Uranium mining waste is the soil and rock that is removed during surface or underground uranium mining. This waste is sometimes used to backfill mined-out areas and to construct roads around the mining site.

Oil and gas production may produce radioactive pipe scale (a residue left in pipes from producing oil wells) and sludge that leave sites and equipment contaminated. In the past, some contaminated piping and other scrap metal have been used inadvertently by schools and other organizations for playground equipment, welding material, fencing, etc. because this contaminated metal was recycled before it was found to be contaminated.

Radiation-contaminated water treatment residue accumulates when radioactive material is filtered out of drinking water during the purifying process. This waste may be disposed of in landfills or lagoons. It may also be used in agriculture as a soil conditioner.

There is increasing evidence that improper use or disposal of such naturally-occurring radioactive materials can result in significant contamination of the environment and elevated radiation exposure. This can adversely affect the health of those occupationally exposed, as well as the general public.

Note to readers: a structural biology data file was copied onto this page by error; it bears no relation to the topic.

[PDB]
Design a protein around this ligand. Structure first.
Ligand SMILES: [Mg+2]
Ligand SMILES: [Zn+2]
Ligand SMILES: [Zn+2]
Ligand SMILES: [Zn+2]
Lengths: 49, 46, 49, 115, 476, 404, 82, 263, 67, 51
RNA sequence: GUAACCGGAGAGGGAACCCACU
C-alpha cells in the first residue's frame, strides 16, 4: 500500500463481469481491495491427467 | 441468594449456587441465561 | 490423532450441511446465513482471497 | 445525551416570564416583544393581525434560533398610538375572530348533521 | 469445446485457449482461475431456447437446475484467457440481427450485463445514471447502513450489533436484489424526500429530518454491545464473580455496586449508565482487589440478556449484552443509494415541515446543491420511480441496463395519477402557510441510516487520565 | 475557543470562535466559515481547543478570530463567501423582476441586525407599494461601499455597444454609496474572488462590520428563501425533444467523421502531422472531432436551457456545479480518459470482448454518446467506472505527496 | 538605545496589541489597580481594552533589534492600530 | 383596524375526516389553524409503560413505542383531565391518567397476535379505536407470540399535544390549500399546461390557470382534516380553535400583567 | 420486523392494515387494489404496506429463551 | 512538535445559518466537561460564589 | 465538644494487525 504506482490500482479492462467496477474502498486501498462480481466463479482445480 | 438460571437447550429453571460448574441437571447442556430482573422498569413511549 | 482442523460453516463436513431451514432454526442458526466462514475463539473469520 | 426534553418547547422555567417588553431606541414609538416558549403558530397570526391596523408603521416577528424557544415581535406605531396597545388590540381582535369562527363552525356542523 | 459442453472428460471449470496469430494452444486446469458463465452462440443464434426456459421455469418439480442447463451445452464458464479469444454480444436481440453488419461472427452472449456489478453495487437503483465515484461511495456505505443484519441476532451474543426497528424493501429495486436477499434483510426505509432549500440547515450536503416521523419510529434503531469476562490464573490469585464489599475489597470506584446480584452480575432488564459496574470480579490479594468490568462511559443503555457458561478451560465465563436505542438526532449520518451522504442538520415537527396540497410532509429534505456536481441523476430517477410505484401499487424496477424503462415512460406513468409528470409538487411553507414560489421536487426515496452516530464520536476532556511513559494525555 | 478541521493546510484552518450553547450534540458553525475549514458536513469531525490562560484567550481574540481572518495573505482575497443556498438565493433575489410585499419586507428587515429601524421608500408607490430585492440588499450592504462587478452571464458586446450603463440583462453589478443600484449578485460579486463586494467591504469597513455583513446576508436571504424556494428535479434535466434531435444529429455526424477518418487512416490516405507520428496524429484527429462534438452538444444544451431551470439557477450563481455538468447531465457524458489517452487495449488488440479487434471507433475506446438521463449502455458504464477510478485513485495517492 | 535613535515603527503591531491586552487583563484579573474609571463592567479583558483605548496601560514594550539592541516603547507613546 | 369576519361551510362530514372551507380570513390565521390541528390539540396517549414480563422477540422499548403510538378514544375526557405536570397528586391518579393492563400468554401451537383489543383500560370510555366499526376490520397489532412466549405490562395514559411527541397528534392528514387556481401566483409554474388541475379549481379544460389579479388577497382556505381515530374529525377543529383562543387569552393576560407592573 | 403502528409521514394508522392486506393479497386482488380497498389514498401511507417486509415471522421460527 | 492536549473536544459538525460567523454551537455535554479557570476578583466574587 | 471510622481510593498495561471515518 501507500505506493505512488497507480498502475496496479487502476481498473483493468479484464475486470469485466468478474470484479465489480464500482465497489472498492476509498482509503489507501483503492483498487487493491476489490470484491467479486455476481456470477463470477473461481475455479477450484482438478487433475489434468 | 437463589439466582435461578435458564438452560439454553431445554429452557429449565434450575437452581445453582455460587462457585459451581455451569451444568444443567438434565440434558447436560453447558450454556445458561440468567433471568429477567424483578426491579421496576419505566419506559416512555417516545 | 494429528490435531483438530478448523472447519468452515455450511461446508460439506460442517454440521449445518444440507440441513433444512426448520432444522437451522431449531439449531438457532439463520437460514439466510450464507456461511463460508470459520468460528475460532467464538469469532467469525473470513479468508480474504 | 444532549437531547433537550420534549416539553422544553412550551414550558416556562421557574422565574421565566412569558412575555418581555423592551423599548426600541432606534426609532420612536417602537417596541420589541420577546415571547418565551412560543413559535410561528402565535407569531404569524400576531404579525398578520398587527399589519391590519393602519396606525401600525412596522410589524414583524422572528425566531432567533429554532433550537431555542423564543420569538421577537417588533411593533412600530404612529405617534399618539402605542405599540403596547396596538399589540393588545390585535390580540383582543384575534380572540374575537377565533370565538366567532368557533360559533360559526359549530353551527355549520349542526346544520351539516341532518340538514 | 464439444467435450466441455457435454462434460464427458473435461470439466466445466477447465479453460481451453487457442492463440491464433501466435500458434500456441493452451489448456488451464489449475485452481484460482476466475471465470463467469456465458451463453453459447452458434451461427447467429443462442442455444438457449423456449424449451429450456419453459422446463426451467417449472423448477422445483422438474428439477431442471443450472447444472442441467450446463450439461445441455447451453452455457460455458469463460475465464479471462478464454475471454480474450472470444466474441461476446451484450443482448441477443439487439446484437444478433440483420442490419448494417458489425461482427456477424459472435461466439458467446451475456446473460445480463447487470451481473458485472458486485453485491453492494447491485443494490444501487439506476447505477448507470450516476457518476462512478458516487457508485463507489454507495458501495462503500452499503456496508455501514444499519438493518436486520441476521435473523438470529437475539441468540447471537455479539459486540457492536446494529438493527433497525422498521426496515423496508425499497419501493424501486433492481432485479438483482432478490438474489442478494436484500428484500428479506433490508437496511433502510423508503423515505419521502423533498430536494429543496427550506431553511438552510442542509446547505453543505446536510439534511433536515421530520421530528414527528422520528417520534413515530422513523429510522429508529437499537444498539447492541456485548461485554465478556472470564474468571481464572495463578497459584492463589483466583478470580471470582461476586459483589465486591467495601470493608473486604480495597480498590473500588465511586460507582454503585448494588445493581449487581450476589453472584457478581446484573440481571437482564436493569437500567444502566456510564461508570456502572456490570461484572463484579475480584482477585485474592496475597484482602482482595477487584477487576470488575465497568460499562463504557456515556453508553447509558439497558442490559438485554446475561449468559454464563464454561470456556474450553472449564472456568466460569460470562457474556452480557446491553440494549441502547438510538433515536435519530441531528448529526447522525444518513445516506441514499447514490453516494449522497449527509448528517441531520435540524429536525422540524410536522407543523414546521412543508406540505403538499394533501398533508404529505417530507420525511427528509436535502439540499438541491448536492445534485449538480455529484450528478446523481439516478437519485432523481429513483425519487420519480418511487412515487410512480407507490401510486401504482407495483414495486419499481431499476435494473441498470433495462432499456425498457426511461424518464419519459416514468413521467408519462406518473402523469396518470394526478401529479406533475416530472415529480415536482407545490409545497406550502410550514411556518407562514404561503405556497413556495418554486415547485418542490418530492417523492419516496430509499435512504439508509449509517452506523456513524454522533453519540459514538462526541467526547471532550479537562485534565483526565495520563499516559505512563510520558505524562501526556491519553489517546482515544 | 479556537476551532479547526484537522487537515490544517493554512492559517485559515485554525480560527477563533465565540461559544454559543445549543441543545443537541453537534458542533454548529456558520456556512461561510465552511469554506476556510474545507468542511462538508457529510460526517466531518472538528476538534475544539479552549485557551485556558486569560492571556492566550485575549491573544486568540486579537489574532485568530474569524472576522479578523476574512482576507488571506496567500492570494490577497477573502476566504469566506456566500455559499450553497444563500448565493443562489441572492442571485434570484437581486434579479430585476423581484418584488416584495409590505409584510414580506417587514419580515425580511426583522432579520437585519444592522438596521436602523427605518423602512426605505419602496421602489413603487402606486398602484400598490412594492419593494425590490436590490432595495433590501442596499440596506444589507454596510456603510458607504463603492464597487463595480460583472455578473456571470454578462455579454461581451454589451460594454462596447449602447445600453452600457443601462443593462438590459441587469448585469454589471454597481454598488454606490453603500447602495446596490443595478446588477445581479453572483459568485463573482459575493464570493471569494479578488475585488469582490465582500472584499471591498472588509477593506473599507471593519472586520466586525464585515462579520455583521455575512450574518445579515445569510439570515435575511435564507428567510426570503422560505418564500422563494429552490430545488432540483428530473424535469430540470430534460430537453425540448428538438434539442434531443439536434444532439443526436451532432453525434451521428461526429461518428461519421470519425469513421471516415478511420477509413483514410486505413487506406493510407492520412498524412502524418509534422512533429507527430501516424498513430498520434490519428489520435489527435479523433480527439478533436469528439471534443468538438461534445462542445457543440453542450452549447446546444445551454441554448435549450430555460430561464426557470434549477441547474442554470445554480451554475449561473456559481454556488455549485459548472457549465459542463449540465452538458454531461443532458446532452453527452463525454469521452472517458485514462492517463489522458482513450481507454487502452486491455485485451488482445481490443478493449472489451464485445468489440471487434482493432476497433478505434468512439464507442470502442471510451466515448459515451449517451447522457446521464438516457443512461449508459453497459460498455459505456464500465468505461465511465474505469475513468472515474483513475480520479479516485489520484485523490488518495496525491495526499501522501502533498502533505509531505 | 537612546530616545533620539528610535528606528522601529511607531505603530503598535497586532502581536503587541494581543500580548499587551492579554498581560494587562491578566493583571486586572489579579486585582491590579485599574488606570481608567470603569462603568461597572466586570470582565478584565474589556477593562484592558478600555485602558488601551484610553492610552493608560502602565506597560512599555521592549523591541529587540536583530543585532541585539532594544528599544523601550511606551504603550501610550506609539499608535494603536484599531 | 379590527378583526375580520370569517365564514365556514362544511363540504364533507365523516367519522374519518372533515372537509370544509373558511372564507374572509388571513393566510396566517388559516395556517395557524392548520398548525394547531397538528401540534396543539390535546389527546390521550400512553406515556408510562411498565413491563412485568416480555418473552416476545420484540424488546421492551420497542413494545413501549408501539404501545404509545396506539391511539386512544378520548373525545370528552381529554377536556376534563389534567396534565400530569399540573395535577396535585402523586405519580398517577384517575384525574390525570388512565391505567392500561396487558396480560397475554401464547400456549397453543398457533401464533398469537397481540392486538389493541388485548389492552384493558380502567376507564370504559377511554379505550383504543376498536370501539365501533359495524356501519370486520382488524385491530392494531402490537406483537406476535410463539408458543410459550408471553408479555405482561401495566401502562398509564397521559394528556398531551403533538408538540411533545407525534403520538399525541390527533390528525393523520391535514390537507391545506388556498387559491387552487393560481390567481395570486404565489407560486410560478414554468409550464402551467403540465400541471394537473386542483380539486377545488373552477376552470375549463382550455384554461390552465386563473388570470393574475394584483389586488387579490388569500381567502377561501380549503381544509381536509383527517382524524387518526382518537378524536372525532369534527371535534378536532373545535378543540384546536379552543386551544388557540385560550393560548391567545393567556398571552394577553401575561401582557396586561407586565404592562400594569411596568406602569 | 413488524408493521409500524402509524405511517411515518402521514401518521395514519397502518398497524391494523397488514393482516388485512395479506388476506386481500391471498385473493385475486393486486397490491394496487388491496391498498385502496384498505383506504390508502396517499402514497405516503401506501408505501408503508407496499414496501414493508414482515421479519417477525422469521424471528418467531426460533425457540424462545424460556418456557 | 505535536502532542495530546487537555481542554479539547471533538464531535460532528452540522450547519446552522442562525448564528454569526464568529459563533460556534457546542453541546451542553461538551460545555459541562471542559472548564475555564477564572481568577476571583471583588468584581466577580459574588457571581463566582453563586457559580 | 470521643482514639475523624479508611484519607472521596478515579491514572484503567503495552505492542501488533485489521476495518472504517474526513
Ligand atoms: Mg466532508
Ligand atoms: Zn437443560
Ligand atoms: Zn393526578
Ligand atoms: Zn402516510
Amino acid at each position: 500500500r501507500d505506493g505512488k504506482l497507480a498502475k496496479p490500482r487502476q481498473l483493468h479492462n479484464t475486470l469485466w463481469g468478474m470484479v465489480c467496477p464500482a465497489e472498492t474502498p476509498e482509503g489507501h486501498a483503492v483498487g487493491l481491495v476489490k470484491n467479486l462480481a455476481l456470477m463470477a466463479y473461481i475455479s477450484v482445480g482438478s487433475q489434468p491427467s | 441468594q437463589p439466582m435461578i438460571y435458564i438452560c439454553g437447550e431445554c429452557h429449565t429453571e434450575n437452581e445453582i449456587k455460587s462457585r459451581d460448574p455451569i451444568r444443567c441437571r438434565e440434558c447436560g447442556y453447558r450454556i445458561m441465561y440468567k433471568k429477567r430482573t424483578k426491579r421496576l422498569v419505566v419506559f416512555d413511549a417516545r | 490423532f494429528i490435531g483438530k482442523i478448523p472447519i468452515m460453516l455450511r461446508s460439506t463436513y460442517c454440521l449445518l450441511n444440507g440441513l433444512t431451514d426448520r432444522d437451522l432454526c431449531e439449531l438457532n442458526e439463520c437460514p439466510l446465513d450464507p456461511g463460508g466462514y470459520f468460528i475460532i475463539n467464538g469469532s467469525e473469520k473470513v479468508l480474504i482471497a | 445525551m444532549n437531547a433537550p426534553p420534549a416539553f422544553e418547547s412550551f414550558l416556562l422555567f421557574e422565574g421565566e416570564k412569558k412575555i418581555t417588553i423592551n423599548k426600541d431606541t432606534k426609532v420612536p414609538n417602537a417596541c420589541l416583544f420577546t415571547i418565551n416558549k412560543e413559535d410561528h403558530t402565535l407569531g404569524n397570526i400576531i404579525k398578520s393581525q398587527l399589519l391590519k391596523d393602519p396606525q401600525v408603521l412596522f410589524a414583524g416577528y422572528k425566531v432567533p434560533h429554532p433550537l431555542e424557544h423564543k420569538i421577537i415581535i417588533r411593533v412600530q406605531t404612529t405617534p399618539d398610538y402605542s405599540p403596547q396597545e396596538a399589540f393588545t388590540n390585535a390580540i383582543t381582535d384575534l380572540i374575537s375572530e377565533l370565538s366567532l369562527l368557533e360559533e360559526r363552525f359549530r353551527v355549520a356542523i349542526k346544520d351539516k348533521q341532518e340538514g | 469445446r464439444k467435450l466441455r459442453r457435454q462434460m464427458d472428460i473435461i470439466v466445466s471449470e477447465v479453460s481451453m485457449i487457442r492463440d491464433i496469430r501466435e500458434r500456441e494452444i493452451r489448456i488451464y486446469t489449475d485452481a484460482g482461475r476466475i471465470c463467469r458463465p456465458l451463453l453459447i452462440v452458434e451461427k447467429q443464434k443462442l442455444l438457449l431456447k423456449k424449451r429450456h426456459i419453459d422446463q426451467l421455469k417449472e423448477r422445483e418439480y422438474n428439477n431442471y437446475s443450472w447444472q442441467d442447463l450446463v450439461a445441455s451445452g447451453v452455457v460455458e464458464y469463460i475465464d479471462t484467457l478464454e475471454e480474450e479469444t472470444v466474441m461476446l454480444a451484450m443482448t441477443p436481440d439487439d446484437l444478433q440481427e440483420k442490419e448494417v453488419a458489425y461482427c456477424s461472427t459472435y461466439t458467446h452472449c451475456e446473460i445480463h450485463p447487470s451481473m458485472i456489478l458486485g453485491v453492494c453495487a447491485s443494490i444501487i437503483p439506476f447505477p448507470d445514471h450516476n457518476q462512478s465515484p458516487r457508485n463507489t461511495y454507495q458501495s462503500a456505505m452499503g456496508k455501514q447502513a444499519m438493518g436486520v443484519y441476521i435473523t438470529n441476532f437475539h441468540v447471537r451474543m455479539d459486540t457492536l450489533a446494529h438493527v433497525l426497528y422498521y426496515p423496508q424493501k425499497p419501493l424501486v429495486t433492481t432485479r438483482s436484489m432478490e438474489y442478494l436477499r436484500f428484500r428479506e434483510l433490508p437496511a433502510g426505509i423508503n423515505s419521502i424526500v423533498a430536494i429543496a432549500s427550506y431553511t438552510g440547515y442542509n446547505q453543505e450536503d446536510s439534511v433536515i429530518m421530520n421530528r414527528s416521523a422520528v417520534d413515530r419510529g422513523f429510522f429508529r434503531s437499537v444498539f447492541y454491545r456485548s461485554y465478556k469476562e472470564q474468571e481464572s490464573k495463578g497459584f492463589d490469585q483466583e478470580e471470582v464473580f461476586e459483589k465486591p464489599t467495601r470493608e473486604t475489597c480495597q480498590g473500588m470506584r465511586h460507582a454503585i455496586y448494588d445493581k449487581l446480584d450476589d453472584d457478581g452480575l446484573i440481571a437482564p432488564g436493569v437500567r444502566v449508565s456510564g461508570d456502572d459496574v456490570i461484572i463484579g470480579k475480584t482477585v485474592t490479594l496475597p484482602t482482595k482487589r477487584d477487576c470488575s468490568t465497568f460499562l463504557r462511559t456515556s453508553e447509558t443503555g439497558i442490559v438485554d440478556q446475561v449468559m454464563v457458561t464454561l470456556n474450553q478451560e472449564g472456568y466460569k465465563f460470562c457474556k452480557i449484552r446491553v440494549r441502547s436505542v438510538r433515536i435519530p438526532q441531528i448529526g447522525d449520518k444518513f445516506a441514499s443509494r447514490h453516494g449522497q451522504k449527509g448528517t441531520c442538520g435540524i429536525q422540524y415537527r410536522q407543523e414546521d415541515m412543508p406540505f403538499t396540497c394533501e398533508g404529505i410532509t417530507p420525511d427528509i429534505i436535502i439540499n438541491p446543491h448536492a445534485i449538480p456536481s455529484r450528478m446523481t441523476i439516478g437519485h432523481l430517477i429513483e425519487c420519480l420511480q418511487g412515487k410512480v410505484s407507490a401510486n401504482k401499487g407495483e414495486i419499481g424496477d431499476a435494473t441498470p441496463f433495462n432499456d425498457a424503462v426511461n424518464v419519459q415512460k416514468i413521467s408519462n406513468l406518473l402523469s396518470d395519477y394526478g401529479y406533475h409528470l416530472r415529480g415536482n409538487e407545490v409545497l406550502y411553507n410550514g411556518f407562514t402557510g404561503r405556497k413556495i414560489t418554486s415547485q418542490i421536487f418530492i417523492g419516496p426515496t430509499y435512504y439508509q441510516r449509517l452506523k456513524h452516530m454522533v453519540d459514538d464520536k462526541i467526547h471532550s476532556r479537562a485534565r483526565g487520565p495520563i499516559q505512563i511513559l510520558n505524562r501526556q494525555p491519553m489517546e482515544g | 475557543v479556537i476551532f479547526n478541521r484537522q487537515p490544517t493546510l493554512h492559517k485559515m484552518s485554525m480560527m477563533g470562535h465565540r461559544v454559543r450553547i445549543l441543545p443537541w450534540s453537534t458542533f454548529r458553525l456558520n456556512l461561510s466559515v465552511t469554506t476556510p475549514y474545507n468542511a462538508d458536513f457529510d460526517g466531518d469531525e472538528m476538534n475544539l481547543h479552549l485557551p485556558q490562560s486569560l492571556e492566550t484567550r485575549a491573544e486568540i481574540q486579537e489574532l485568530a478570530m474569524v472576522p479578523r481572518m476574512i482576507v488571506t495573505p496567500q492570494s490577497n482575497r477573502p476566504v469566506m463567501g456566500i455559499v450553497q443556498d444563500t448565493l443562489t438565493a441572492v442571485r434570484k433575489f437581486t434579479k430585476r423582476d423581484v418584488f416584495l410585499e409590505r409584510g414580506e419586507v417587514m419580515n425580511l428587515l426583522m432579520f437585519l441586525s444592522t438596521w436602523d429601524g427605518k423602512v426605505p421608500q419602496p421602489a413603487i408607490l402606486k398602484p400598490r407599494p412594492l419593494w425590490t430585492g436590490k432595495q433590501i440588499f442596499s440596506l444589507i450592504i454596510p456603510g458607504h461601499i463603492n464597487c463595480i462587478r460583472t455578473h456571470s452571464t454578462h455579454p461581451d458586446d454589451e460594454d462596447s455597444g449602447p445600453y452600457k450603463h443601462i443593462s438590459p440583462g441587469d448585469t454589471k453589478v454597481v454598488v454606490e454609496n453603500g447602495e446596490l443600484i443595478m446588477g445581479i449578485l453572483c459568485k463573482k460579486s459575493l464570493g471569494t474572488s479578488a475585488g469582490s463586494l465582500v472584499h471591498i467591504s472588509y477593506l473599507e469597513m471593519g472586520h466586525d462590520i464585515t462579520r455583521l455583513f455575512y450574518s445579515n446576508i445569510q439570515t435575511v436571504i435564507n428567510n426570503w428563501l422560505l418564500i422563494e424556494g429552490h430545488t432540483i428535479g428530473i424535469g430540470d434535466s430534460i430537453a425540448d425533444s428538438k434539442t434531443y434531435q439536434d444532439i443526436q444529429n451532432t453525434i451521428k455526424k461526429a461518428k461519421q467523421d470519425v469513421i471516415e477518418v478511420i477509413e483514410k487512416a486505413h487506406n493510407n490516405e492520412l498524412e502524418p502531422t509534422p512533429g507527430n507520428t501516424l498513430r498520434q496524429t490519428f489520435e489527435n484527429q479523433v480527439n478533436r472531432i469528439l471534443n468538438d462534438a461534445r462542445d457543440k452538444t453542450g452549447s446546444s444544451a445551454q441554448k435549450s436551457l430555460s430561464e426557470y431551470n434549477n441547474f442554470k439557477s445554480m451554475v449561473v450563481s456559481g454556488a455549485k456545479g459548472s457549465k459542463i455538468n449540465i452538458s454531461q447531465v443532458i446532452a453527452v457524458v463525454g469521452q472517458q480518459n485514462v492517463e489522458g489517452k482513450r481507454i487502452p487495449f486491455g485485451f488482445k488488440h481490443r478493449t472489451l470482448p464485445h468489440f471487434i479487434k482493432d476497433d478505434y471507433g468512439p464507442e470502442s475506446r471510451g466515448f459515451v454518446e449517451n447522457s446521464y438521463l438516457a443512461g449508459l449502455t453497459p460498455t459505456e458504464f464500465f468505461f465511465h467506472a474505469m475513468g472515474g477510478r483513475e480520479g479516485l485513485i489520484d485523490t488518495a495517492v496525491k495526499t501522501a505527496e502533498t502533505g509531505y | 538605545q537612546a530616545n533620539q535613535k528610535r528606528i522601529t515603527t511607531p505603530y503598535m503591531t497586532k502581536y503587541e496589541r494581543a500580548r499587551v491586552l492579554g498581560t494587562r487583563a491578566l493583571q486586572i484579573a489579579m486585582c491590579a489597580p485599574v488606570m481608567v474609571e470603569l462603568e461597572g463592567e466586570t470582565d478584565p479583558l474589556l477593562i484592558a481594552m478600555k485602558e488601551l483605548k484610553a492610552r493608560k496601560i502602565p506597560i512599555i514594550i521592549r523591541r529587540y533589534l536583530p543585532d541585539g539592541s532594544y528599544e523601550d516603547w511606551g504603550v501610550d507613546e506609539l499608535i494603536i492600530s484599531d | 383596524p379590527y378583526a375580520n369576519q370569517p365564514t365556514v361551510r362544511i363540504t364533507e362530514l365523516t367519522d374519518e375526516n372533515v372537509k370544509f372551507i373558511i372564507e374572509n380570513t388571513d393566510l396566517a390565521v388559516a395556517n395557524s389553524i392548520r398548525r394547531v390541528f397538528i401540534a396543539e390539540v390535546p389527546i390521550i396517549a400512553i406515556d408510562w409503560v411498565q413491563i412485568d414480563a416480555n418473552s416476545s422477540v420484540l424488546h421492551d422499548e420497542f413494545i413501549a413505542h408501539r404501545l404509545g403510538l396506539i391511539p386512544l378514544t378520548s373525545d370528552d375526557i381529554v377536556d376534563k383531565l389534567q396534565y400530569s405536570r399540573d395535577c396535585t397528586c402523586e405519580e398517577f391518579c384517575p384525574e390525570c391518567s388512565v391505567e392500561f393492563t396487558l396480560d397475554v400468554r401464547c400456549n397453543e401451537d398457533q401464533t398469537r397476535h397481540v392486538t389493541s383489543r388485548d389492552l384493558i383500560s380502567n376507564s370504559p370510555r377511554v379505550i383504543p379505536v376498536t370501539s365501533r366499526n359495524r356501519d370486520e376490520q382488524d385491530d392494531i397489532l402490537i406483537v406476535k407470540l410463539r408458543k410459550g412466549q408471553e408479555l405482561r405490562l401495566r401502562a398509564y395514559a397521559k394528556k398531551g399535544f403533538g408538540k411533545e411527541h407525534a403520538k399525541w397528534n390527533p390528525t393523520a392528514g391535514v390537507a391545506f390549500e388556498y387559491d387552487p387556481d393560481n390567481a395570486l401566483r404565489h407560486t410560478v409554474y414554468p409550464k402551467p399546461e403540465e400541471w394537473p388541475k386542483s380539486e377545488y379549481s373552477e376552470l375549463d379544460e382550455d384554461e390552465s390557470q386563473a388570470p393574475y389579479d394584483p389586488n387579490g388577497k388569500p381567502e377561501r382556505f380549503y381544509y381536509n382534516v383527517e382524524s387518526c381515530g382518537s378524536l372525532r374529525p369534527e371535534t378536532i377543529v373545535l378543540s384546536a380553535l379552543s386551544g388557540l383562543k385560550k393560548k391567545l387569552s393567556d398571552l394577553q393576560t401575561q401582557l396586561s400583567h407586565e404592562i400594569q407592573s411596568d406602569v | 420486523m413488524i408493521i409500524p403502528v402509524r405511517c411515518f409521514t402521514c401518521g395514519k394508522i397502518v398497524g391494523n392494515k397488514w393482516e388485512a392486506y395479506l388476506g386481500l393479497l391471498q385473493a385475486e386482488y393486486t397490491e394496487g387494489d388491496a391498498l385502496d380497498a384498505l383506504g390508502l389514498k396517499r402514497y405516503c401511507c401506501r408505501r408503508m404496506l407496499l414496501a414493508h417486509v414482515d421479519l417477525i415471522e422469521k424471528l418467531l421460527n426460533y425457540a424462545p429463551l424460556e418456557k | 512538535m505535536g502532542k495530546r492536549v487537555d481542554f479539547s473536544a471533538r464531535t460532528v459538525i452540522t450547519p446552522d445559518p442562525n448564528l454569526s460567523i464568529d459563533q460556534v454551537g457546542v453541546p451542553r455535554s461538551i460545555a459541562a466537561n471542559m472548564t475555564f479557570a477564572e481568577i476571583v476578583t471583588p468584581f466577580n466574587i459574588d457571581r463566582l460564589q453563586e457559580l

Disposal Issues

There are currently no federal regulations covering disposal of NORM. The State of North Dakota, as an Agreement State, does regulate all aspects of NORM (and other non-byproduct radioactive material). Currently there are no regulations specific to the control of NORM. NORM is covered by the same regulations that apply to other radioactive material in the state.

Material or equipment found to contain less than 5 picocuries of total radium per gram of material through accredited lab analysis is not considered NORM, by definition, and may be disposed of, or released for unrestricted use.

Material or equipment found to be contaminated to levels above 5 picocuries per gram are considered NORM and must be handled, stored, transported and disposed of in accordance with the North Dakota Radiological Health Rules.

For More Information

The safe handling, storage, transport and disposal of NORM is a very important issue. NORM or other radioactive waste disposal standards have changed substantially with improved technology and evolving environmental protection considerations. Regulatory programs and standards continue to change, so if you would like more information on the handling, storage, transport or disposal of NORM, contact:

LEWIS VIGEN, ENVIRONMENTAL SCIENTIST
Radiation Control Program
918 East Divide Avenue, 2nd Floor
Bismarck, ND 58501-1947 
Phone:  701-328-5188  
email:  lvigen@nd.gov

Or visit:

  • The Conference of Radiation Control Program Directors Suggested State Regulations for Control of Radiation:  PART NPDF -- "REGULATION AND LICENSING OF TECHNOLOGICALLY ENHANCED NATURALLY OCCURRING RADIOACTIVE MATERIALS (TENORM)"
  • The NORM Technology Connection website

 


RAM Home - Activities - Licensing - Reciprocity - Incidents -
Groups - Publications - IR Certification - NORM - Map

The Radiation Control Program pages are maintained by James Lawson, RT
jlawson@nd.gov